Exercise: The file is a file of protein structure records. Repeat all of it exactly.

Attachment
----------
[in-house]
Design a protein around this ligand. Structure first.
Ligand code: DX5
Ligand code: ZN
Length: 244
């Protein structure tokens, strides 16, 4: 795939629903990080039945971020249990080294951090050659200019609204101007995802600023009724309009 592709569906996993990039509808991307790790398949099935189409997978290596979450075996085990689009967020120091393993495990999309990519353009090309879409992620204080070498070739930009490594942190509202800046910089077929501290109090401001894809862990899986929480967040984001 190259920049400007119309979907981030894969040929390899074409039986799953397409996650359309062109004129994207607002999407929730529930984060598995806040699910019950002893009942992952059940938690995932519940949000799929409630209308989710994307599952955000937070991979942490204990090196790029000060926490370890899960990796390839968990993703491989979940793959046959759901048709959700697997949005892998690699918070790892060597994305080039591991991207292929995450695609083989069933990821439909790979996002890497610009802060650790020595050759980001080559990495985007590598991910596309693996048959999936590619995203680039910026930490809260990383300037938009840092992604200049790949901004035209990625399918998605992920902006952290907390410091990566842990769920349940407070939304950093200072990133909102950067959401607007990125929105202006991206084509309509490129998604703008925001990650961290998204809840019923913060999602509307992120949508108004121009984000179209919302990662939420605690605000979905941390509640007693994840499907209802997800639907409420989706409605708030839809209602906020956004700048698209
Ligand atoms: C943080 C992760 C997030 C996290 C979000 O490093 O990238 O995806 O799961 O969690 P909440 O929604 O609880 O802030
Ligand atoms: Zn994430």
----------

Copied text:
[in-house]
Design a protein around this ligand. Structure first.
Ligand code: DX5
Ligand code: ZN
Length: 244
């Protein structure tokens, strides 16, 4: 795939629903990080039945971020249990080294951090050659200019609204101007995802600023009724309009 592709569906996993990039509808991307790790398949099935189409997978290596979450075996085990689009967020120091393993495990999309990519353009090309879409992620204080070498070739930009490594942190509202800046910089077929501290109090401001894809862990899986929480967040984001 190259920049400007119309979907981030894969040929390899074409039986799953397409996650359309062109004129994207607002999407929730529930984060598995806040699910019950002893009942992952059940938690995932519940949000799929409630209308989710994307599952955000937070991979942490204990090196790029000060926490370890899960990796390839968990993703491989979940793959046959759901048709959700697997949005892998690699918070790892060597994305080039591991991207292929995450695609083989069933990821439909790979996002890497610009802060650790020595050759980001080559990495985007590598991910596309693996048959999936590619995203680039910026930490809260990383300037938009840092992604200049790949901004035209990625399918998605992920902006952290907390410091990566842990769920349940407070939304950093200072990133909102950067959401607007990125929105202006991206084509309509490129998604703008925001990650961290998204809840019923913060999602509307992120949508108004121009984000179209919302990662939420605690605000979905941390509640007693994840499907209802997800639907409420989706409605708030839809209602906020956004700048698209
Ligand atoms: C943080 C992760 C997030 C996290 C979000 O490093 O990238 O995806 O799961 O969690 P909440 O929604 O609880 O802030
Ligand atoms: Zn994430």